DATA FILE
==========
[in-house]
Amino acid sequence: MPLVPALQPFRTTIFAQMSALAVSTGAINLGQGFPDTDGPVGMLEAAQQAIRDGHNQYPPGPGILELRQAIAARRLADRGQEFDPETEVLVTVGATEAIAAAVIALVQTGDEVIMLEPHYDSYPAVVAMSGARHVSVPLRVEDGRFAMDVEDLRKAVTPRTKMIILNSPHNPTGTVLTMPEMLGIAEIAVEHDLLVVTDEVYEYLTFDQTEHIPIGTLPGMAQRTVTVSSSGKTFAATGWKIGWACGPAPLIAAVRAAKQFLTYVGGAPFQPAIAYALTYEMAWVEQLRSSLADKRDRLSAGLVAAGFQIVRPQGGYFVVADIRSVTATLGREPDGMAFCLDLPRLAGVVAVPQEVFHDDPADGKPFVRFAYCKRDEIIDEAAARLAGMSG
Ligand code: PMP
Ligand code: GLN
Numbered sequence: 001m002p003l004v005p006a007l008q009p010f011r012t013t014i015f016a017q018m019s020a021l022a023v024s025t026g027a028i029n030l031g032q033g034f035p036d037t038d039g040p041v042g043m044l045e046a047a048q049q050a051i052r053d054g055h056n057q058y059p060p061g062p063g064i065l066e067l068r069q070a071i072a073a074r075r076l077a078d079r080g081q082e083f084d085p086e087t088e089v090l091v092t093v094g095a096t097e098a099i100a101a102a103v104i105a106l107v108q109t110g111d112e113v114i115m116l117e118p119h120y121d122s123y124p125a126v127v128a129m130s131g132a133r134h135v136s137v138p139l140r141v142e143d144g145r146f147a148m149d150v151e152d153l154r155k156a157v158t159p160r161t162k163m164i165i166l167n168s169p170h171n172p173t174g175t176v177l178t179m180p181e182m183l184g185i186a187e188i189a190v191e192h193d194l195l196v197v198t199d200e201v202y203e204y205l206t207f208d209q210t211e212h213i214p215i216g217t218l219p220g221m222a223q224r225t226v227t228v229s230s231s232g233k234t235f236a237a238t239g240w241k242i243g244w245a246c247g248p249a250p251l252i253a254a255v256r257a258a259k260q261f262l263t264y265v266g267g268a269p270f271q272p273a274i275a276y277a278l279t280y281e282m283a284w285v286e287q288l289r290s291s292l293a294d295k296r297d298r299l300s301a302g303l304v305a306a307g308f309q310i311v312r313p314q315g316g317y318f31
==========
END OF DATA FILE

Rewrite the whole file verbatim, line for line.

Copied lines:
[in-house]
Amino acid sequence: MPLVPALQPFRTTIFAQMSALAVSTGAINLGQGFPDTDGPVGMLEAAQQAIRDGHNQYPPGPGILELRQAIAARRLADRGQEFDPETEVLVTVGATEAIAAAVIALVQTGDEVIMLEPHYDSYPAVVAMSGARHVSVPLRVEDGRFAMDVEDLRKAVTPRTKMIILNSPHNPTGTVLTMPEMLGIAEIAVEHDLLVVTDEVYEYLTFDQTEHIPIGTLPGMAQRTVTVSSSGKTFAATGWKIGWACGPAPLIAAVRAAKQFLTYVGGAPFQPAIAYALTYEMAWVEQLRSSLADKRDRLSAGLVAAGFQIVRPQGGYFVVADIRSVTATLGREPDGMAFCLDLPRLAGVVAVPQEVFHDDPADGKPFVRFAYCKRDEIIDEAAARLAGMSG
Ligand code: PMP
Ligand code: GLN
Numbered sequence: 001m002p003l004v005p006a007l008q009p010f011r012t013t014i015f016a017q018m019s020a021l022a023v024s025t026g027a028i029n030l031g032q033g034f035p036d037t038d039g040p041v042g043m044l045e046a047a048q049q050a051i052r053d054g055h056n057q058y059p060p061g062p063g064i065l066e067l068r069q070a071i072a073a074r075r076l077a078d079r080g081q082e083f084d085p086e087t088e089v090l091v092t093v094g095a096t097e098a099i100a101a102a103v104i105a106l107v108q109t110g111d112e113v114i115m116l117e118p119h120y121d122s123y124p125a126v127v128a129m130s131g132a133r134h135v136s137v138p139l140r141v142e143d144g145r146f147a148m149d150v151e152d153l154r155k156a157v158t159p160r161t162k163m164i165i166l167n168s169p170h171n172p173t174g175t176v177l178t179m180p181e182m183l184g185i186a187e188i189a190v191e192h193d194l195l196v197v198t199d200e201v202y203e204y205l206t207f208d209q210t211e212h213i214p215i216g217t218l219p220g221m222a223q224r225t226v227t228v229s230s231s232g233k234t235f236a237a238t239g240w241k242i243g244w245a246c247g248p249a250p251l252i253a254a255v256r257a258a259k260q261f262l263t264y265v266g267g268a269p270f271q272p273a274i275a276y277a278l279t280y281e282m283a284w285v286e287q288l289r290s291s292l293a294d295k296r297d298r299l300s301a302g303l304v305a306a307g308f309q310i311v312r313p314q315g316g317y318f31